When adding the flowers, I started with the dried Goldenrod. My idea was to find spots that were perfect for the larger hydrangea and then nestle pieces of the wildflower around it. Using it as a frame to highlight the hydrangea.
Since I already had my bow at the top, I decided to skip the hydrangea and add Goldenrod on either side to frame it.
Once I had my Goldenrod in place, I went back through and tucked in my Hydrangeas. When cutting the flowers for the wreath, I made sure to leave myself plenty of stem. This helped give me some leverage when adding the bloom and helped to anchor it in place.
Since these flowers are from my garden they are a bit fragile. If you’re working with dried flowers, make sure to be gentle when handling them. I had to be extra careful when pushing them into place and tried not to handle them too much for fear of losing petals.
This is the process I used for placing my dried flowers around my wreath. There is no right or wrong way for adding them in. Usually, I play around with the spacing a bit until I get something that feels right and looks aesthetically pleasing to my eye. If it looks good, go with it!
Step 3 | Add the finishing details
Once all the dried flowers are in place, go back through once more and add in your juniper berries. These add an extra bit of interest and texture to the wreath and break up all the greenery.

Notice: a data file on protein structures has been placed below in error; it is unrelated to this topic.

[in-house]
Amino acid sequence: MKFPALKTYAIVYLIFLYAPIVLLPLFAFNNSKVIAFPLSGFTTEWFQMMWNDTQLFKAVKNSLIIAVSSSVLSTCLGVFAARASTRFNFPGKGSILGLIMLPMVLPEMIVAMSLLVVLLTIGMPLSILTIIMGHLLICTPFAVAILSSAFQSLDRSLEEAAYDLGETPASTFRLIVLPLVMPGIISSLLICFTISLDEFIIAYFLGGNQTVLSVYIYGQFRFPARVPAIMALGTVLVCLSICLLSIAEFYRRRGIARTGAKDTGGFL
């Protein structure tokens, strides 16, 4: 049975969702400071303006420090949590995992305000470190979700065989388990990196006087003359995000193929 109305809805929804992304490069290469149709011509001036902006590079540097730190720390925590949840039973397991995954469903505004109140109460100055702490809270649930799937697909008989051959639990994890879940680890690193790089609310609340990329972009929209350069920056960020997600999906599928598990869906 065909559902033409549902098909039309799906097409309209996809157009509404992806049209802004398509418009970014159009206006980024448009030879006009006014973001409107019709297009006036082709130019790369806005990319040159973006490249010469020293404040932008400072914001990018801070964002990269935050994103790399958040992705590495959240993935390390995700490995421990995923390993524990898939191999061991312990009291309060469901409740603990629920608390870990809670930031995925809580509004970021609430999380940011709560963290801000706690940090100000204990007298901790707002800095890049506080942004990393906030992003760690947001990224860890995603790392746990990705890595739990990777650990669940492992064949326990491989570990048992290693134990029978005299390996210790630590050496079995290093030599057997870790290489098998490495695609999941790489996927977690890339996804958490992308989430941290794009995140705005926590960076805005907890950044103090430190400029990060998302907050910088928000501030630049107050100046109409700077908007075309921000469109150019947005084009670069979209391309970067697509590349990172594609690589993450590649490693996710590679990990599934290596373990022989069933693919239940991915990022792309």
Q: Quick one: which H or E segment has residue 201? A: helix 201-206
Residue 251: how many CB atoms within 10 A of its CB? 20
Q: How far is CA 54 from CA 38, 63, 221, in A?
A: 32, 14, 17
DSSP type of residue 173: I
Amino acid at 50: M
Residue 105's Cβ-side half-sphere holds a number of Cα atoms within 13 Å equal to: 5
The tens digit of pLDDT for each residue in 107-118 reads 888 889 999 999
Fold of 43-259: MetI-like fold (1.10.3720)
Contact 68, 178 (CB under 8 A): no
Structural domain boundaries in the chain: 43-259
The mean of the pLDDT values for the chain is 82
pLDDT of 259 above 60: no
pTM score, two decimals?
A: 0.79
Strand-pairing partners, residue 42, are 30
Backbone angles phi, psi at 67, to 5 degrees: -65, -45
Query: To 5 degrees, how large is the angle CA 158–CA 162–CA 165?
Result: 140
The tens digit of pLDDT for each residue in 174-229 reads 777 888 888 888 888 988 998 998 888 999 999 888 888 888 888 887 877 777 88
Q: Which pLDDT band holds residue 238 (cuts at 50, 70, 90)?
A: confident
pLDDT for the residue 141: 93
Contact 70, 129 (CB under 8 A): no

Same as with the evergreen cedar, cut off smaller pieces that you can add to the wreath. Leave a bit of stem so you have something to use to anchor it into the base.
If you have any bare spots left that still need fixing, you can use these to cover them up. Since I didn’t add a hydrangea at the top, I needed a little something above my bow. I decided to add a little bunch above the ribbon to fill in some of the negative space without making it too top-heavy.
Step 4 | Hang that gorgeous wreath
If you made it this far, HOORAY! You now have a gorgeous and beautiful wreath to display in your home!
Add your bow if you haven’t already and cut some ribbon for hanging the wreath. While you still have it on the table, give your wreath a once over. Trim off any rouge pieces that may be out of place or laying funny. Usually, I have to trim off a few pieces from my base wreath that end up sticking out too far.
Hold your wreath up and give it one last little shake to make sure everything is secure. Then, find a spot for your new wreath and enjoy!
*Note – To keep the wreath from drying out too quickly, I like to fill a small spray bottle with water and spritz it a couple of times a day.
My easy DIY Christmas Wreath
There you have it! My easy DIY for a beautiful Christmas wreath for your home.
This really is one of my favorite things to do at Christmas time. I love that I can create a completely custom look and tailor the design. Crafting something different each year to match our holiday style.
This is a super easy and fun project to do around the holidays and I encourage you to give it a try!
If you do, would you share a picture with me? I would love to see the wreath you create and celebrate along with you!